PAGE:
Beverly, MA
NSMT on Facebook

Review by Craig Idlebrook

(Beverly, MA) What do you do with a musical version of a 90’s comedy that doesn’t age particularly well? You try and set it in the 70’s and hope for the best. The North Shore Music Theatre cast of Sister Act is winsome at times, but not crisp enough to transcend the problematic source material. Continue reading

Nov 16

Chronically Single: A Man’s Honest Attempt to Explain Singlehood

Photo of Randy Ross, writer and solo performer of "The Chronic Single's Handbook." Here, he offers one theory on why he is still single. Photo taken at the Capitol Fringe Festival in Washington, D.C. in 2013. Photo credit: Paul Gillis Photography. (low-res)

Photo of Randy Ross, photo taken at the Capitol Fringe Festival in Washington, D.C. in 2013. Photo credit: Paul Gillis Photography. (low-res)

Presented by OutPost 186
Written and Directed by Randy Ross

November 13, 15, 17, 21-22, 2015
OutPost 186 on Facebook

Review by Travis Manni

(Cambridge, MA) During a conversation I had with a friend recently, it was decided that us twentysomethings are in two categories: the kind that enjoys hooking up with no strings attached, and the kind that is self-aware of the fact that they are not ready to be in any kind of a relationship. So it was quite surprising for me to see that the same could be somewhat true for older singles in The Chronic Single’s Handbook. Continue reading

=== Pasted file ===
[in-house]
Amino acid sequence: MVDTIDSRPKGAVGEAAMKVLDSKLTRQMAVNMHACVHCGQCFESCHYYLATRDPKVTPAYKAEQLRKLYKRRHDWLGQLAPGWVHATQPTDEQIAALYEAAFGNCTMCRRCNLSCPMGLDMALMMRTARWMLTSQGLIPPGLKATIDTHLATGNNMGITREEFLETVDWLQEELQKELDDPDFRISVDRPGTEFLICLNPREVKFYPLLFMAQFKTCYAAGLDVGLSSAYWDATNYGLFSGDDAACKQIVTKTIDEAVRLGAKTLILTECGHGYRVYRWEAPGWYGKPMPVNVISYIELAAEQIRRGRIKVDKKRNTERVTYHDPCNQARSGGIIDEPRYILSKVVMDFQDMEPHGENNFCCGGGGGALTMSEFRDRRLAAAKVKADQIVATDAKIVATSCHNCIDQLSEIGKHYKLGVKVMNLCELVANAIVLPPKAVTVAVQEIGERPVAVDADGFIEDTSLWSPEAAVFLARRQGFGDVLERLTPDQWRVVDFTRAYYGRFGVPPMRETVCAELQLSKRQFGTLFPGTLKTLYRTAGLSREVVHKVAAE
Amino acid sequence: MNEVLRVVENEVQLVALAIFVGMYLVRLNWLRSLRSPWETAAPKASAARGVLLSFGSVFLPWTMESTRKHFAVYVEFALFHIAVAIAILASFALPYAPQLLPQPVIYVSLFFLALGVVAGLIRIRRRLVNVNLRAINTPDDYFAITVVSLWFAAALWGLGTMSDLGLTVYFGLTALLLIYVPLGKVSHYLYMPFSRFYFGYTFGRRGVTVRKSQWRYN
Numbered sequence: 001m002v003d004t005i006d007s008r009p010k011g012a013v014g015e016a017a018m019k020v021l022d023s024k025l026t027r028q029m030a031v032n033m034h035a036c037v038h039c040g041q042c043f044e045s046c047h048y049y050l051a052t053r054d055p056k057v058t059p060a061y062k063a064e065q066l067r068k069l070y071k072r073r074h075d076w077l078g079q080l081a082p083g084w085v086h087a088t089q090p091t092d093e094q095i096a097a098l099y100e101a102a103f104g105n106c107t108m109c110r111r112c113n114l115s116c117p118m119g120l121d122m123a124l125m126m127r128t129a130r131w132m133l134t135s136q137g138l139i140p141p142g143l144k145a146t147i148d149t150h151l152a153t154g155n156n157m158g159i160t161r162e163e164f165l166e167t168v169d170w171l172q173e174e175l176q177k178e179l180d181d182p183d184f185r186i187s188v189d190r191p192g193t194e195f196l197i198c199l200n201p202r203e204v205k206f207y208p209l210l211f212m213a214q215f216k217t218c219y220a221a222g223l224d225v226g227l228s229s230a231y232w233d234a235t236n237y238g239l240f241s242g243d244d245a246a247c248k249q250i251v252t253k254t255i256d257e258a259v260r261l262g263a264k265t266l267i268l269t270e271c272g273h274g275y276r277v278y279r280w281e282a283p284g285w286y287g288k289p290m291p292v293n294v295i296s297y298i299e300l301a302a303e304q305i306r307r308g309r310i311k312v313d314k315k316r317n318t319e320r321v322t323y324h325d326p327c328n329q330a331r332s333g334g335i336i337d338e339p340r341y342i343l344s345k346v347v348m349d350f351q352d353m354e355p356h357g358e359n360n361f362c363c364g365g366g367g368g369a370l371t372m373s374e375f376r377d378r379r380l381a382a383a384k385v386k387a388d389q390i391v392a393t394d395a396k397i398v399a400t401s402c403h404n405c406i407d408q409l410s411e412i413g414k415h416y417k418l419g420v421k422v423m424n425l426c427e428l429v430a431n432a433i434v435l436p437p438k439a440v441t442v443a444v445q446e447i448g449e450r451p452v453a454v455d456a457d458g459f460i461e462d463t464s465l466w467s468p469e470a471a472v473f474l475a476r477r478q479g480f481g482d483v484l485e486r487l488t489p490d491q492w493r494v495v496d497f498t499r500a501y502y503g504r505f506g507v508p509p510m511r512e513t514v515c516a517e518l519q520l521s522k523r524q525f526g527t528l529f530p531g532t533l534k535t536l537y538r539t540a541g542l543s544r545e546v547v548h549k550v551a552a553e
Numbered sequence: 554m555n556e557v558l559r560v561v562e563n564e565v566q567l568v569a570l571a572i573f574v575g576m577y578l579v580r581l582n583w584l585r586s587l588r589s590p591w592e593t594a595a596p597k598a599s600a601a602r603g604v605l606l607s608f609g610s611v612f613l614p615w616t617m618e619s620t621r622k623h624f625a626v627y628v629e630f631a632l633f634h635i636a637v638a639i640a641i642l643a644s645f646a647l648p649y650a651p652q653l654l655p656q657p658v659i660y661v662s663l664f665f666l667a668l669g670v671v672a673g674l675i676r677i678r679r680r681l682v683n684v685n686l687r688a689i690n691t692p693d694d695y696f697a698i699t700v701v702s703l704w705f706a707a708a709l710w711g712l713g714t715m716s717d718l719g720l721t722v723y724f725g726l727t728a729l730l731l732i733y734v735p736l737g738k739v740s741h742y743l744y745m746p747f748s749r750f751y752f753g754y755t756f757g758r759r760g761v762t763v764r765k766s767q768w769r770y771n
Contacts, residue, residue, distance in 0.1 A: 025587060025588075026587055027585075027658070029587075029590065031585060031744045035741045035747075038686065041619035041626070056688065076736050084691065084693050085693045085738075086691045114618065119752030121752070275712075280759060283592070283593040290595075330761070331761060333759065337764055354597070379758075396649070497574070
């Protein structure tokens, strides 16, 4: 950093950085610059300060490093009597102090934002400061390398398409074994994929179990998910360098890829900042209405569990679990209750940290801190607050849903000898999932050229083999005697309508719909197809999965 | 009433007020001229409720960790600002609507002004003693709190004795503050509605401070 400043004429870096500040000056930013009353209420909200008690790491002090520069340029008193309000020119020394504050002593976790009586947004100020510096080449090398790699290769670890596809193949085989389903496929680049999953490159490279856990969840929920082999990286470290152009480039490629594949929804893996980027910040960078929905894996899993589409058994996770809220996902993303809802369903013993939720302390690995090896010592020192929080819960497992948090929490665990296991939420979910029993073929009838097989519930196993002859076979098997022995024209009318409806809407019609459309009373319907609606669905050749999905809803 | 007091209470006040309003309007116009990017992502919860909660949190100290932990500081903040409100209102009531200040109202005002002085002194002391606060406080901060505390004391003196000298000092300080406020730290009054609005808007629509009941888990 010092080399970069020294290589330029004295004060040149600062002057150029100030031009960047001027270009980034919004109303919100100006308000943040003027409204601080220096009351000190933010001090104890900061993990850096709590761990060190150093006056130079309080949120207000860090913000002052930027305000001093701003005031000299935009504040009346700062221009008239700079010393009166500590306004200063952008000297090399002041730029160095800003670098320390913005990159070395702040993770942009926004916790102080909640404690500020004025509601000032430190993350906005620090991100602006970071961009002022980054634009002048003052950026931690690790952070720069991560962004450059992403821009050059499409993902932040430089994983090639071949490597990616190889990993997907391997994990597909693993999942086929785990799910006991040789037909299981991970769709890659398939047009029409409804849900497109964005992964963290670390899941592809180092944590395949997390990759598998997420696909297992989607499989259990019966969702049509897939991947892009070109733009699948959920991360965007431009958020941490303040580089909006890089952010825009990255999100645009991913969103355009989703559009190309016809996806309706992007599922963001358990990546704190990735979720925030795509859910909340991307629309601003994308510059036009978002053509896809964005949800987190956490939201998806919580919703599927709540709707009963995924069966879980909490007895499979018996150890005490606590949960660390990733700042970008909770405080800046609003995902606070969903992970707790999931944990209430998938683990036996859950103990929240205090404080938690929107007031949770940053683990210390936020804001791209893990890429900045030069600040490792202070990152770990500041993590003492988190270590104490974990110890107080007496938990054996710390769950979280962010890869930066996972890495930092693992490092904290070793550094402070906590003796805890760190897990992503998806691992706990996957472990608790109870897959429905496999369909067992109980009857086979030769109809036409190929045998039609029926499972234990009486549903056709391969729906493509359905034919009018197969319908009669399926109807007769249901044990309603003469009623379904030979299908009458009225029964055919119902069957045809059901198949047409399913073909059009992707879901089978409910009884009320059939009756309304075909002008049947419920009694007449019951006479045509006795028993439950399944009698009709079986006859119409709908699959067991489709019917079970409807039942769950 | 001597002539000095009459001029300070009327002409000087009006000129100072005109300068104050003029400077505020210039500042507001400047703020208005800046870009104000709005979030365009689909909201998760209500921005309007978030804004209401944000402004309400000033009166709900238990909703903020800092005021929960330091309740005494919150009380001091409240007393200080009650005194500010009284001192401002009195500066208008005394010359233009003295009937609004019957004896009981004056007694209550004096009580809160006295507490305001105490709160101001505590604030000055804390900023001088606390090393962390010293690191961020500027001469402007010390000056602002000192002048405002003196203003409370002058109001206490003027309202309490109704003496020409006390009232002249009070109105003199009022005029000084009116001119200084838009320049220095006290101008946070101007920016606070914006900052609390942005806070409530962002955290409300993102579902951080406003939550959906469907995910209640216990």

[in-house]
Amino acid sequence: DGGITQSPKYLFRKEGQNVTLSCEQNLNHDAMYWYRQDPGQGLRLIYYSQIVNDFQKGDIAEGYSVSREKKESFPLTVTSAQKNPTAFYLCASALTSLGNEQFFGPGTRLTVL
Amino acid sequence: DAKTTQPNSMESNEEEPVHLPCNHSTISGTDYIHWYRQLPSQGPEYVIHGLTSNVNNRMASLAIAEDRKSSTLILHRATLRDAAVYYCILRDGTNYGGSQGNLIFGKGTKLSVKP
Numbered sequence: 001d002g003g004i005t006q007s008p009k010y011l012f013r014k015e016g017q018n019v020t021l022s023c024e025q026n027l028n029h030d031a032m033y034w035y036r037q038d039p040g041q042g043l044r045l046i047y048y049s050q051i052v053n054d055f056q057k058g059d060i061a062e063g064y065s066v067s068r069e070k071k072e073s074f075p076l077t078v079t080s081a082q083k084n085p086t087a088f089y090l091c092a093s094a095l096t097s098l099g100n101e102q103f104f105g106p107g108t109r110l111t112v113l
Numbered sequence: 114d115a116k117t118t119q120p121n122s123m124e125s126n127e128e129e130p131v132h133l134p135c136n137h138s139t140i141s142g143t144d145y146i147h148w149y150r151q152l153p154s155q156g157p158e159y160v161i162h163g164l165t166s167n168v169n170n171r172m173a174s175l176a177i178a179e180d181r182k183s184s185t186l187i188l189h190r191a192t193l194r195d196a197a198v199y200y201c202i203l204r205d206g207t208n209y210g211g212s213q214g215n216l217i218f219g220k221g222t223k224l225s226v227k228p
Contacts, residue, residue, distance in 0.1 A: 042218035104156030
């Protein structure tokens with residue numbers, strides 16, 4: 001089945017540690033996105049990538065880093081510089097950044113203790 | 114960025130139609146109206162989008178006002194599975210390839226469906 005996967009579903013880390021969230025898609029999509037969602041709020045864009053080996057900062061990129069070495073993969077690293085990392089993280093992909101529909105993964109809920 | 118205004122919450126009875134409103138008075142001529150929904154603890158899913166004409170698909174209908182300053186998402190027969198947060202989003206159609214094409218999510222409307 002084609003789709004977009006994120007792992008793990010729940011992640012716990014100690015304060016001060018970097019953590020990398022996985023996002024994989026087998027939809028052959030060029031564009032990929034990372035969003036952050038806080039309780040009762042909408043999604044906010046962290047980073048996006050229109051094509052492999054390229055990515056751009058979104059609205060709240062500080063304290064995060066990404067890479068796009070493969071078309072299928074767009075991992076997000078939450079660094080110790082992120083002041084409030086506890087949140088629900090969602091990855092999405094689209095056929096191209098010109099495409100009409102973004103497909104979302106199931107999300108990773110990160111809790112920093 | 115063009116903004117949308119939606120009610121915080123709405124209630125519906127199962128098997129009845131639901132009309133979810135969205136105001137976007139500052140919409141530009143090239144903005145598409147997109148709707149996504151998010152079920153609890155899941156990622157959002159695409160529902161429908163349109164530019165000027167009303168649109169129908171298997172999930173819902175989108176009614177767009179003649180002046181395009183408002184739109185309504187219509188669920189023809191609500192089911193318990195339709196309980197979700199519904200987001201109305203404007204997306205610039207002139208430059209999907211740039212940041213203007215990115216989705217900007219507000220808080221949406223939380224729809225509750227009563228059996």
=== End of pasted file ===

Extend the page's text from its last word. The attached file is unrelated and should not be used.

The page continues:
Nov 15

Dreaming the Dream: “A Midsummer Night’s Dream”

Presented by the Isango Ensemble
Adapted and Directed by Mark Dornford-May
Music Arrangement by Mandisi Dyantyis
Music Directored by Pauline Malefane and Mandisi Dyantyis
Choreography by Lungelo Ngamlana

Presented at ArtsEmerson
November 10 – 22, 2015
Cutler Majestic Theatre
219 Tremont street, Boston
ArtsEmerson on Facebook
Isango Ensemble on Facebook

Review by Danielle Rosvally

(Boston, MA) I don’t know about you, but A Midsummer Night’s Dream is one of those shows that I’ve seen so often it’s nearly lost all meaning. It might be a professional hazard: as a Shakespearean dramaturge/actor/fight director/scholar, Midsummer pops onto my project radar so frequently in so many different settings: it’s a favorite of high school drama clubs, regional Shakespeare theatres, and any company looking to do “Shakespeare with a twist”. Midsummer lends itself well to many different interpretations, and has enough zany, wacky antics to support a multitude of artistic styles and choices. Continue reading

Nov 12

Too close but still comfortable: “Six Degrees of Separation”

Credit: Paul Cantillon, Lidecphoto.com.

Credit: Paul Cantillon, Lidecphoto.com.

Produced by Bad Habit Productions
Written by John Guare
Directed by Liz Fenstermaker

November 7-22, 2015
Deane Hall at the Boston Center for the Arts
Boston, MA
Bad Habit on Facebook

http://badhabitproductions.org/shows/season-9/mainstage/six-degrees-of-separation/

(Boston, MA) Six Degrees of Separation was a celebrated play when it first hit New York stages, portraying stereotypes of the city, moneyed New Yorkers and people who aspire to be moneyed New Yorkers. This production elevates the writing to present a mix that is more than the Law & Order rerun it would like to be. Continue reading